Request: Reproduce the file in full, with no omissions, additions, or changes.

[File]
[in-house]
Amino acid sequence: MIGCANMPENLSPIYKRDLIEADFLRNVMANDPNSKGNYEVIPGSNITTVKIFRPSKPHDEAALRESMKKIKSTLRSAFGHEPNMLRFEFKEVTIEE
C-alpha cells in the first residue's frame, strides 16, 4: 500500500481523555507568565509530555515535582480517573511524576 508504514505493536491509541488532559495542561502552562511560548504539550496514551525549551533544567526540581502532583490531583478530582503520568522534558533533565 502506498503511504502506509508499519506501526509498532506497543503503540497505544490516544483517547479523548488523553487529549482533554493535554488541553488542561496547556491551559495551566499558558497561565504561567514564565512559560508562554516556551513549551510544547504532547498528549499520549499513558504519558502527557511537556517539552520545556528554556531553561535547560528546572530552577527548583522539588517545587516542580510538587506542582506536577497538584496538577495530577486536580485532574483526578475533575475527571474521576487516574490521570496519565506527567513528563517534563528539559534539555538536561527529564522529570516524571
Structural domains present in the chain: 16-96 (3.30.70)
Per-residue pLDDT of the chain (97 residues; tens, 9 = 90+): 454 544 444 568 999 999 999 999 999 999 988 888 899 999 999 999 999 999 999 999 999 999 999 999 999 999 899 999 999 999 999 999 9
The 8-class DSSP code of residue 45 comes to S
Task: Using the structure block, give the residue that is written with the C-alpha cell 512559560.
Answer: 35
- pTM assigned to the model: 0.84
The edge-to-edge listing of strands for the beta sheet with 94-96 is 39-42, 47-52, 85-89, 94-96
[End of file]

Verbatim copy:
[in-house]
Amino acid sequence: MIGCANMPENLSPIYKRDLIEADFLRNVMANDPNSKGNYEVIPGSNITTVKIFRPSKPHDEAALRESMKKIKSTLRSAFGHEPNMLRFEFKEVTIEE
C-alpha cells in the first residue's frame, strides 16, 4: 500500500481523555507568565509530555515535582480517573511524576 508504514505493536491509541488532559495542561502552562511560548504539550496514551525549551533544567526540581502532583490531583478530582503520568522534558533533565 502506498503511504502506509508499519506501526509498532506497543503503540497505544490516544483517547479523548488523553487529549482533554493535554488541553488542561496547556491551559495551566499558558497561565504561567514564565512559560508562554516556551513549551510544547504532547498528549499520549499513558504519558502527557511537556517539552520545556528554556531553561535547560528546572530552577527548583522539588517545587516542580510538587506542582506536577497538584496538577495530577486536580485532574483526578475533575475527571474521576487516574490521570496519565506527567513528563517534563528539559534539555538536561527529564522529570516524571
Structural domains present in the chain: 16-96 (3.30.70)
Per-residue pLDDT of the chain (97 residues; tens, 9 = 90+): 454 544 444 568 999 999 999 999 999 999 988 888 899 999 999 999 999 999 999 999 999 999 999 999 999 999 899 999 999 999 999 999 9
The 8-class DSSP code of residue 45 comes to S
Task: Using the structure block, give the residue that is written with the C-alpha cell 512559560.
Answer: 35
- pTM assigned to the model: 0.84
The edge-to-edge listing of strands for the beta sheet with 94-96 is 39-42, 47-52, 85-89, 94-96